The advantages achieved with the invention are realized by using the chokes to block transmission of the radio frequency disturbances created in the installation over the connecting double lines and thereby eliminating the otherwise usual bypass capacitors. The disturbance voltage coming in over the connecting line in case of a stroke of lightning builds itself up on the high frequency-symmetrical choke, until the voltage diverters spark and carry off the disturbance energy to ground. This cooperation of both circuit parts, i.e., high frequency-symmetrical choke (inductor coil) and of the voltage diverter, insures good suppression of radio frequency disturbances of the installation and good protection against voltage surges. In spite of their small inductances, sufficient for the suppression of radio frequency interference, the symmetrical chokes limit the interfering currents entering the installation to be protected during the spark delay time of the voltage diverter in cases of disturbance voltage peaks up to 5kV, to a non-dangerous current amplitude smaller than 300mA. The latter current value is not dangerous for the semi-conductor elements utilized with central current supply (power supply).
BRIEF DESCRIPTION OF THE DRAWINGS The invention will be best understood by reference to a description of a preferred embodiment given hereinbelow in conjunction with the single FIGURE drawing which is a schematic diagram of the protecting apparatus along with pertinent portions of the data processing installation.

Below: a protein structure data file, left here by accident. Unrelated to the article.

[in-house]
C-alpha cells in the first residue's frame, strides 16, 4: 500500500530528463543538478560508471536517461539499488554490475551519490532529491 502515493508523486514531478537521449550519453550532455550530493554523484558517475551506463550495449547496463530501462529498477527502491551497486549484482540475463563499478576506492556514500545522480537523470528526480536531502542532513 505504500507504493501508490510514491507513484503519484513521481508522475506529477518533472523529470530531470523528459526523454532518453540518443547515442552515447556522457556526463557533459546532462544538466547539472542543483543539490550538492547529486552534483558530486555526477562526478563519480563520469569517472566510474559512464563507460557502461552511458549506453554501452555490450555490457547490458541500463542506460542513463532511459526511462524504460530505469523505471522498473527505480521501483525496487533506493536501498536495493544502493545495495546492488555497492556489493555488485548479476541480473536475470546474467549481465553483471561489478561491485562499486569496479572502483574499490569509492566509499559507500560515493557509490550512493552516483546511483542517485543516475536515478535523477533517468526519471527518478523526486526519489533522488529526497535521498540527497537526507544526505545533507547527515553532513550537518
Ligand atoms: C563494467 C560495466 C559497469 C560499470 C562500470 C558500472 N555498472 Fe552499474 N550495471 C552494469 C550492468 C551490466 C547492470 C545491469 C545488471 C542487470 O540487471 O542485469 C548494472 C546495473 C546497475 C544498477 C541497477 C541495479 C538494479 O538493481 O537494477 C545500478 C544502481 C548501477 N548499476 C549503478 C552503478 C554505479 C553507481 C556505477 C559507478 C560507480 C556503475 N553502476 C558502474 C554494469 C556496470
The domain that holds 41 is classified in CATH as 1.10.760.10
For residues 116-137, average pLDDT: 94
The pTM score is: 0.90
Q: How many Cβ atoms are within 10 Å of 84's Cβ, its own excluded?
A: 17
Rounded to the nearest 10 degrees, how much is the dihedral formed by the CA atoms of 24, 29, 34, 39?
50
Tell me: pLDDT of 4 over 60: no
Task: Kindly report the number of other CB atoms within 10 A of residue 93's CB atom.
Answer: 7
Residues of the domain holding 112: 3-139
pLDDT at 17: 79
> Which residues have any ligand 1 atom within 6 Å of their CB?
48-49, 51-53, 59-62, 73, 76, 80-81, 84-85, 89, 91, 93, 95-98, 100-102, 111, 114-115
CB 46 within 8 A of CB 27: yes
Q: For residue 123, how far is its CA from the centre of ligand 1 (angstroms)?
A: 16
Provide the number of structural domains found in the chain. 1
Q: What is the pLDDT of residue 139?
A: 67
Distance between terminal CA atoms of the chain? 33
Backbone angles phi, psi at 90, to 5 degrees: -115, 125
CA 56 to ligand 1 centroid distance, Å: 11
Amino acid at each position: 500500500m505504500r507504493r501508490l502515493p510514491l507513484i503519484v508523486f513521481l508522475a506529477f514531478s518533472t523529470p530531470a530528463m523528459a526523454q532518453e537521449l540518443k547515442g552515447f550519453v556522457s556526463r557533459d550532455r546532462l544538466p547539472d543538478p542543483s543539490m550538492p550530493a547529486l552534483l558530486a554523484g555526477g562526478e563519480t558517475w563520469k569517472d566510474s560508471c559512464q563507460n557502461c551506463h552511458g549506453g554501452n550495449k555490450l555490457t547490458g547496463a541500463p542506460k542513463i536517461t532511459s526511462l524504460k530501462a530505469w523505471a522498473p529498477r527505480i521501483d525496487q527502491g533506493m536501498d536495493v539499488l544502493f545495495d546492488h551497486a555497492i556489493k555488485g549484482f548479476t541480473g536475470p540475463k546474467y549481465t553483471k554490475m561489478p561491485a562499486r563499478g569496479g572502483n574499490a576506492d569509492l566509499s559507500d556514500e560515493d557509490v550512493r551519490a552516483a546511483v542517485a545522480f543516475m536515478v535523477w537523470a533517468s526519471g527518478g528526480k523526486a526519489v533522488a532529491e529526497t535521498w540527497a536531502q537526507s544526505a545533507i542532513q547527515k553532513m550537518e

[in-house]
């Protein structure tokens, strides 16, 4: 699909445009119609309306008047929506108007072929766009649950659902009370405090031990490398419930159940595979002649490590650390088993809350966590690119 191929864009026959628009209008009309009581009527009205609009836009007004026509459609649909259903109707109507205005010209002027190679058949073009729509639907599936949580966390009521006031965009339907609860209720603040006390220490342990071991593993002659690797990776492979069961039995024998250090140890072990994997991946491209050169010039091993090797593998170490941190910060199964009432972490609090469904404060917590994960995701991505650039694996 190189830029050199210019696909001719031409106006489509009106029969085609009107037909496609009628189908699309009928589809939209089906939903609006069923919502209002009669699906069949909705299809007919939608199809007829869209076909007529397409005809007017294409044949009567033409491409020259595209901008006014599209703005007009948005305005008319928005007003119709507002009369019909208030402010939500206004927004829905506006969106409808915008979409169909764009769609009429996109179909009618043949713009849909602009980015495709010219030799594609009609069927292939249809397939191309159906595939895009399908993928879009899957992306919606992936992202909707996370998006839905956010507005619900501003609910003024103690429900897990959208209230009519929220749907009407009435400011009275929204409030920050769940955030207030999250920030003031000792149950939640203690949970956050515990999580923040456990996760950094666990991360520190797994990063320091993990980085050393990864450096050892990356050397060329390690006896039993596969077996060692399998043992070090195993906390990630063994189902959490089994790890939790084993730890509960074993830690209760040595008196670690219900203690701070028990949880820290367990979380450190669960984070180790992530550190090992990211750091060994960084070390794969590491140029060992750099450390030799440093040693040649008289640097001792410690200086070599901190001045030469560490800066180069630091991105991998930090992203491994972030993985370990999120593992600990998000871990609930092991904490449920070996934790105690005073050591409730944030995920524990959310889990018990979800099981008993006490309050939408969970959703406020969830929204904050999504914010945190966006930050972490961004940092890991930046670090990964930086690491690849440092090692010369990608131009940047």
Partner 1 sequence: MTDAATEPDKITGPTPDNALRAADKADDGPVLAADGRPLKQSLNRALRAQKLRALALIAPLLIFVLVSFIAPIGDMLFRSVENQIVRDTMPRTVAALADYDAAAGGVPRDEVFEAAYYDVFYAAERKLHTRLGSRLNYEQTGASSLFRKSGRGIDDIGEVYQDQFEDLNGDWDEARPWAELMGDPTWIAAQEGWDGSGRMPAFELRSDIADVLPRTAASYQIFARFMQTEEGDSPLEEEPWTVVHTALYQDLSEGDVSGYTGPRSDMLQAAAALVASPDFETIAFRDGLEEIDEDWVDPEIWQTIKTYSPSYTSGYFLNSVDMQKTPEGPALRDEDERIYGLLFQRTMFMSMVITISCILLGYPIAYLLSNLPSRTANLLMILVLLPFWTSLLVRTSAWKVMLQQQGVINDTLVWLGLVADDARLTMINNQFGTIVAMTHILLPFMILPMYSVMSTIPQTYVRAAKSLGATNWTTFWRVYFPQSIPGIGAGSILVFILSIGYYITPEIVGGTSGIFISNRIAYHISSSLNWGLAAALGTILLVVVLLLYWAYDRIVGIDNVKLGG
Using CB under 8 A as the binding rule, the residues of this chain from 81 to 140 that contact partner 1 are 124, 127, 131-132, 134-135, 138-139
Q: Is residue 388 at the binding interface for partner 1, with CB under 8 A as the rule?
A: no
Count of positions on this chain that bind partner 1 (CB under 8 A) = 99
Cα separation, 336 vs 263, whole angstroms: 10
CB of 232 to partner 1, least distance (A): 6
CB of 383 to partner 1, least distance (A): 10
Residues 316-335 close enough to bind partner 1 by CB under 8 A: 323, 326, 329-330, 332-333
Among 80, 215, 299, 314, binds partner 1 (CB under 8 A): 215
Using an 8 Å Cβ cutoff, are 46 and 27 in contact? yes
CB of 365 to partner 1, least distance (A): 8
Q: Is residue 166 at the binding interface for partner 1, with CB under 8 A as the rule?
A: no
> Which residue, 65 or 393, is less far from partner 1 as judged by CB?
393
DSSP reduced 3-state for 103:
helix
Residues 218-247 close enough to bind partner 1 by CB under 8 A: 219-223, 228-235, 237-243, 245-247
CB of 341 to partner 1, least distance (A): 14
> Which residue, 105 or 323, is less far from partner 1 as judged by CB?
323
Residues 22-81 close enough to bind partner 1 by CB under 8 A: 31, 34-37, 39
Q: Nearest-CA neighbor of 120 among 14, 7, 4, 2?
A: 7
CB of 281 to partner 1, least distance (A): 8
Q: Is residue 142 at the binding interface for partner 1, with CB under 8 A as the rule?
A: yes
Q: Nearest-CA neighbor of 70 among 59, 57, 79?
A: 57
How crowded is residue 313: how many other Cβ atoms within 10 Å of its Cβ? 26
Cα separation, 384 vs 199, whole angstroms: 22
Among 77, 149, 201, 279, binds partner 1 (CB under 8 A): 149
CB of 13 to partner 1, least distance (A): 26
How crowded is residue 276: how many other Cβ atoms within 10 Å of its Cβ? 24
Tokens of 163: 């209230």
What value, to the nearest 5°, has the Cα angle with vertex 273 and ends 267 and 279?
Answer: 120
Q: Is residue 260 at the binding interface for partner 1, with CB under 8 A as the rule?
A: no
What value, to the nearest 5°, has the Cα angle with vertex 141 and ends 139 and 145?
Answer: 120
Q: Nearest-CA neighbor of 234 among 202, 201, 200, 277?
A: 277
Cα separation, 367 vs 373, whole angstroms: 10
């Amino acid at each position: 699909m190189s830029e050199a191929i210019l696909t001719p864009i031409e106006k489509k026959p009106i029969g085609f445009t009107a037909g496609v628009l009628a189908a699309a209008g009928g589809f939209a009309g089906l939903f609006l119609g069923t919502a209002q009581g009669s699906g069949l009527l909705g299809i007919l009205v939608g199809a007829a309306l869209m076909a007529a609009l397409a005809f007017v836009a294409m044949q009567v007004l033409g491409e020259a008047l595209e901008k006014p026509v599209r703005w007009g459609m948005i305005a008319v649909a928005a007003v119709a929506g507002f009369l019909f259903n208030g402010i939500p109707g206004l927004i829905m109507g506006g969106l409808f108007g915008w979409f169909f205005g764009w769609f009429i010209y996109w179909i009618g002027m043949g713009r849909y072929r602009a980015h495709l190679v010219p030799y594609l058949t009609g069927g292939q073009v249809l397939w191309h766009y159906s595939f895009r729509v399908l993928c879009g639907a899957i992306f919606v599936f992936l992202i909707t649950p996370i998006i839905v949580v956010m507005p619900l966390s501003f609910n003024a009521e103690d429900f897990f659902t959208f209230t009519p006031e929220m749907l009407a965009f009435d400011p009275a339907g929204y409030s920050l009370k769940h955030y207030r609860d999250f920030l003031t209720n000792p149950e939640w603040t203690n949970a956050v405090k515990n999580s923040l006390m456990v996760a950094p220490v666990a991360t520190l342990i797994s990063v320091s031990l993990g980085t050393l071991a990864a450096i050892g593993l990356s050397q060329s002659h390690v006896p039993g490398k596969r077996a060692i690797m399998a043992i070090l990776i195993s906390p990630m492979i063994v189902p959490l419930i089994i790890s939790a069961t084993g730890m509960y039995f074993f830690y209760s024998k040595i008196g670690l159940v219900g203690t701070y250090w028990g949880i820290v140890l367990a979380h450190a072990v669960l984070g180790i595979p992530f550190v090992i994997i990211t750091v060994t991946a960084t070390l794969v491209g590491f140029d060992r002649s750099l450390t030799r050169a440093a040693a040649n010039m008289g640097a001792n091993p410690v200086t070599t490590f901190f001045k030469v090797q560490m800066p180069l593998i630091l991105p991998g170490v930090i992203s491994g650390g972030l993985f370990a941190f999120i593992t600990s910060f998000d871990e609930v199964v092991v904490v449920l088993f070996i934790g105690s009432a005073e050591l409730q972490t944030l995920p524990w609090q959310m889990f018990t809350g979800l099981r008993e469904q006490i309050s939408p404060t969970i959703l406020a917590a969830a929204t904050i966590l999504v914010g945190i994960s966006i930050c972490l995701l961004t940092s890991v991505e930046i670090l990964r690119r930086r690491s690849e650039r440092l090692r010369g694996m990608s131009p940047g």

DETAILED DESCRIPTION OF THE DRAWINGS In the FIGURE, a modern teletypewriter exchange F of known construction, equipped with electronic telegraph relays is shown. In the teletypewriter exchange F itself, no radio frequency interference suppression means are utilized, rather the exchange is only housed in a' sufficiently radiation impervious housing G of known construction. The input lines constituted by cable K having grounded high frequency shields H are routed over an intermediate distributor ZV to a main distributor I-IV and then to the connecting double lines A.
In the main distributor I-IV, which is outside of the installation F to be protected, there is provided for each incoming connecting double line A a high frequency-symmetrical choke SD and for each line Aa, Ab of the connecting double line A a voltage diverter PS. The voltage diverter FS is of known construction and preferably of the spark gap type. The high frequency-symmetrical choke SD comprises two equal symmetrical windings D, which are connected in opposition in the two lines Aa, Ab of the connecting double line A. That is, symmetrically arranged coils will have like polarities at corresponding ends of the coils, and they are connected in opposition so that the magnetic fluxes from the two coils will oppose each other. Thus, the windings D are only functional against unsymmetrical, Le, a voltage between an individual line and ground, disturbance voltages because the magnetic fluxes. from each winding oppose those of the other windings. For'example, an atmospheric charge, which arrives in parallel in the form of a traveling wave or surge W on the two lines Aa and Ab of the connection double line A, is discharged through the voltage diverter PS to ground. As soon as an atmospheric discharge which has entered the line A has cleared for itself a path to ground over the spark gap PS, the resistance of the spark gap suddenly sinks nearly to zero. Thus, the current, which passes over the resistance of the spark gap, likewise, quickly assumes substantial values.